Craft beers made using water from Lake Superior were found to contain microplastics, according to a University of Minnesota study.
A small team of researchers tested the composition of 12 beers made using water from the five Great Lakes – including three from Lake Superior.
Seven brands of beer were bought from liquor stores in Minneapolis, two were growlers bought in Duluth, and the other three were picked up in Michigan and New York.
All 12 contained microplastics, which are defined as plastic particles of 0.1-5mm in length in the study published in the Public Library Science's journal.
Between the 12 beers, an average of 4.05 pieces of microplastic were found per liter, meaning someone drinking a beer a day would consume around 520 particles every year.
Two out of three of the Superior beers were below the average however, which was dragged up overall by a significant amount found in a single beer from Lake Michigan.
Microplastics were also found in Duluth tap water as part of the same study.
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Bent Paddle says Superior water is safe
The beers involved in the study are not named, but the shores of the Great Lakes are populated by a number of craft breweries.
One of them, Bent Paddle Brewing, says it's unfortunate the Great Lakes have been targeted in a study of what is a worldwide problem.
Co-founder Colin Mullen told BMTN that Lake Superior's water "is some of the safest water in the world, and beer brewed from it is even safer."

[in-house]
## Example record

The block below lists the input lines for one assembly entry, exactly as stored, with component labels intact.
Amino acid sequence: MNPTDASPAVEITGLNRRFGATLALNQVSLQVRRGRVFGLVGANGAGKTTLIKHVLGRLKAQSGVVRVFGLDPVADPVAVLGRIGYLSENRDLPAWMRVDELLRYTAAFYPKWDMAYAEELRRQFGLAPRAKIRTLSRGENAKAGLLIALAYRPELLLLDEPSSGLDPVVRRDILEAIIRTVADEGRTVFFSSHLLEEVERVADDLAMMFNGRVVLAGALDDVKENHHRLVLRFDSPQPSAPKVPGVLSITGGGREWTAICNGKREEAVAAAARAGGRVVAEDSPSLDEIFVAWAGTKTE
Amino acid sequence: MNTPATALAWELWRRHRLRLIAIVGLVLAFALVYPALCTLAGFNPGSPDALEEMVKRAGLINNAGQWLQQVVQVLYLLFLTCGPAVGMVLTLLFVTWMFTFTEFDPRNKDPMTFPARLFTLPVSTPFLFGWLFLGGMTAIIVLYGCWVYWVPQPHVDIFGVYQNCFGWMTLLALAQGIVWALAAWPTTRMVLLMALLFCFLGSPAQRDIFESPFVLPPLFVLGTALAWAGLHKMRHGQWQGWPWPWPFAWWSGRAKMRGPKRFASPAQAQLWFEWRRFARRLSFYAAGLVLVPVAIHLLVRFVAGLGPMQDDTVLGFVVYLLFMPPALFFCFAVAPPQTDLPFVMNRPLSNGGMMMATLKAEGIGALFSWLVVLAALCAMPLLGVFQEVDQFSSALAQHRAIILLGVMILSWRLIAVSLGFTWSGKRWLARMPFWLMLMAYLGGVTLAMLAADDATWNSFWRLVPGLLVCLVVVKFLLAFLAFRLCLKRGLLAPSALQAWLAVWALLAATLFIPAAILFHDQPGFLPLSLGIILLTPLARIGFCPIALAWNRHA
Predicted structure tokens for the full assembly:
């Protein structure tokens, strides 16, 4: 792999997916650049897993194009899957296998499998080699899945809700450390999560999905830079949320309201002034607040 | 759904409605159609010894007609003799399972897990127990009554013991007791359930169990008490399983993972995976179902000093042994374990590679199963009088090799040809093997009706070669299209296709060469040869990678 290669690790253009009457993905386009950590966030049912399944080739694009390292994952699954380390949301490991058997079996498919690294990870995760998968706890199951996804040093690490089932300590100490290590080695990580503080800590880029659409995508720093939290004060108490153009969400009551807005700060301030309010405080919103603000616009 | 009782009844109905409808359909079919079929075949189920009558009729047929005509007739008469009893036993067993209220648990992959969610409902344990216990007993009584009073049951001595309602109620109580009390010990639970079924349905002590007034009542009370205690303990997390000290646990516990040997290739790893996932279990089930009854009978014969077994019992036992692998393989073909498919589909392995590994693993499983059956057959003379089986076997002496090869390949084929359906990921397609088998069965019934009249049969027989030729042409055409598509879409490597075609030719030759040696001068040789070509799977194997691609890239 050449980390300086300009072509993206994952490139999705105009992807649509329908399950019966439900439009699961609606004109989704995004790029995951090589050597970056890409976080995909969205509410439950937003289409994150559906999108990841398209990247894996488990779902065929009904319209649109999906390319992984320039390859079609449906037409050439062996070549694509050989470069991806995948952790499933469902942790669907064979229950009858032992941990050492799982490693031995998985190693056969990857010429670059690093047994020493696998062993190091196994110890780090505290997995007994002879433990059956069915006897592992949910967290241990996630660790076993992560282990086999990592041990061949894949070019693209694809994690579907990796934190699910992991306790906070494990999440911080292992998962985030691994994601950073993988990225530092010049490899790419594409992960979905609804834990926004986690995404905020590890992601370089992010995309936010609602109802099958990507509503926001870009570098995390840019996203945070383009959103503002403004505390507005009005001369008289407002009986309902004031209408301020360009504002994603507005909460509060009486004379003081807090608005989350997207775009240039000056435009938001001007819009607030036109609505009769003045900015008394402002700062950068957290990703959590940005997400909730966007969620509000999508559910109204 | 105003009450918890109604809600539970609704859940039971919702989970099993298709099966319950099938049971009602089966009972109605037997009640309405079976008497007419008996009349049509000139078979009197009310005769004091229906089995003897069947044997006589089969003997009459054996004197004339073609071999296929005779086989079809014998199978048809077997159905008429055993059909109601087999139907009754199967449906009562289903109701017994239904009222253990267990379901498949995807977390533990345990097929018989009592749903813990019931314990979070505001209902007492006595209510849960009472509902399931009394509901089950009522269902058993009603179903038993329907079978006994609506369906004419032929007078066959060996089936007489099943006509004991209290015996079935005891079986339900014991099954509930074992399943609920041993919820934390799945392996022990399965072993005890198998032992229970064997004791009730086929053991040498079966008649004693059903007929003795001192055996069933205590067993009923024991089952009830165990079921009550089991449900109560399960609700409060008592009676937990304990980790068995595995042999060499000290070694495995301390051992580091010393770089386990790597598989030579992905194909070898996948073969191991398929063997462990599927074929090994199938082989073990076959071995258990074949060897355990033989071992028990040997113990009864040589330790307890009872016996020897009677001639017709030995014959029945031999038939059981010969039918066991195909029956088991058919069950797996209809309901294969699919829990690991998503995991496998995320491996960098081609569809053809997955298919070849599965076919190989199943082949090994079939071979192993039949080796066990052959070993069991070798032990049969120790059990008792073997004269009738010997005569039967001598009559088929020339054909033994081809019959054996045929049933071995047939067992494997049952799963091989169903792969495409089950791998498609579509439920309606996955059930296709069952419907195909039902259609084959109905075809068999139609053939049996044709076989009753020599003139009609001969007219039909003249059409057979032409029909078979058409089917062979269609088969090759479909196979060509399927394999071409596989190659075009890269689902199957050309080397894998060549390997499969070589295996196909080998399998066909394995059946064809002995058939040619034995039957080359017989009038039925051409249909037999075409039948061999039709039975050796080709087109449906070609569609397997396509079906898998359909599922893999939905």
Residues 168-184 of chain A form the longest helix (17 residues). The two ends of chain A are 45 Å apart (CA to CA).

"This issue is greater than a single water source and the communities that rely on them," he said. "Microplastics exist in the air we breathe, the food we eat and have been found in 94% of the US water supply which means they could be found in any product that uses water in its manufacture.
"This study and news release certainly draws attention to this deeper issue but unfortunately it targets a single region and specific industry to make its point.
"We should all be looking at ways to minimize our plastic use and disposal habits in our everyday life."
Microplastics are everywhere
There has been growing concern over the impact on human health of the tiny particles from clothing and plastic products that find their way into the human body through water sources.
While this particular Minnesota-based study focused on the Great Lakes, Mullen is not wrong that this is a global problem.
A study of drinking water supplies in 12 countries found 83 percent of it was polluted with microplastics, the Guardian reports, with America the highest with 94 percent.
As the U of M study notes, plastics are known to adsorb metals, bacteria, and chemicals from the environment, some of which can be toxic or carcinogenic.
The wider health implications of the widespread human ingestion of microplastics are not yet known, but researcher Mary Kosuth told KARE 11 she hopes the study will lead to more work uncovering how big of a health hazard it is.